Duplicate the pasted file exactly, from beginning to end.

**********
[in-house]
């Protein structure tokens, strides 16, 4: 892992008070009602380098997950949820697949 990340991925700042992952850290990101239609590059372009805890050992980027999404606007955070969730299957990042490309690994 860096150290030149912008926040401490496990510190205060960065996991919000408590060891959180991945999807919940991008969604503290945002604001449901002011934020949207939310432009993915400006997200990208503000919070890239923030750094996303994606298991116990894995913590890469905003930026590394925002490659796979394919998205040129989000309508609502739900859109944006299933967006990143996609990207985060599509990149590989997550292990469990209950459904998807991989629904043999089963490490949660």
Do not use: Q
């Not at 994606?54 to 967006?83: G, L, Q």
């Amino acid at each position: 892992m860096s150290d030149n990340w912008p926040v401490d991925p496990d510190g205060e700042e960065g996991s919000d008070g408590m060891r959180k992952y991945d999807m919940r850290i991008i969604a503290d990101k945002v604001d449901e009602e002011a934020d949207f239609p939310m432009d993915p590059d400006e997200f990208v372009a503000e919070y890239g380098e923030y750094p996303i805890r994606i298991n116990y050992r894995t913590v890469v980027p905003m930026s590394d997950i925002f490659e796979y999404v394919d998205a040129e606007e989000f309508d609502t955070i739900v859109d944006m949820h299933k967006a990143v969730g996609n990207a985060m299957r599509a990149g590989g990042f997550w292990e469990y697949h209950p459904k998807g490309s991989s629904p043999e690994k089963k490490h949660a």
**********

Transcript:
[in-house]
């Protein structure tokens, strides 16, 4: 892992008070009602380098997950949820697949 990340991925700042992952850290990101239609590059372009805890050992980027999404606007955070969730299957990042490309690994 860096150290030149912008926040401490496990510190205060960065996991919000408590060891959180991945999807919940991008969604503290945002604001449901002011934020949207939310432009993915400006997200990208503000919070890239923030750094996303994606298991116990894995913590890469905003930026590394925002490659796979394919998205040129989000309508609502739900859109944006299933967006990143996609990207985060599509990149590989997550292990469990209950459904998807991989629904043999089963490490949660």
Do not use: Q
């Not at 994606?54 to 967006?83: G, L, Q």
């Amino acid at each position: 892992m860096s150290d030149n990340w912008p926040v401490d991925p496990d510190g205060e700042e960065g996991s919000d008070g408590m060891r959180k992952y991945d999807m919940r850290i991008i969604a503290d990101k945002v604001d449901e009602e002011a934020d949207f239609p939310m432009d993915p590059d400006e997200f990208v372009a503000e919070y890239g380098e923030y750094p996303i805890r994606i298991n116990y050992r894995t913590v890469v980027p905003m930026s590394d997950i925002f490659e796979y999404v394919d998205a040129e606007e989000f309508d609502t955070i739900v859109d944006m949820h299933k967006a990143v969730g996609n990207a985060m299957r599509a990149g590989g990042f997550w292990e469990y697949h209950p459904k998807g490309s991989s629904p043999e690994k089963k490490h949660a």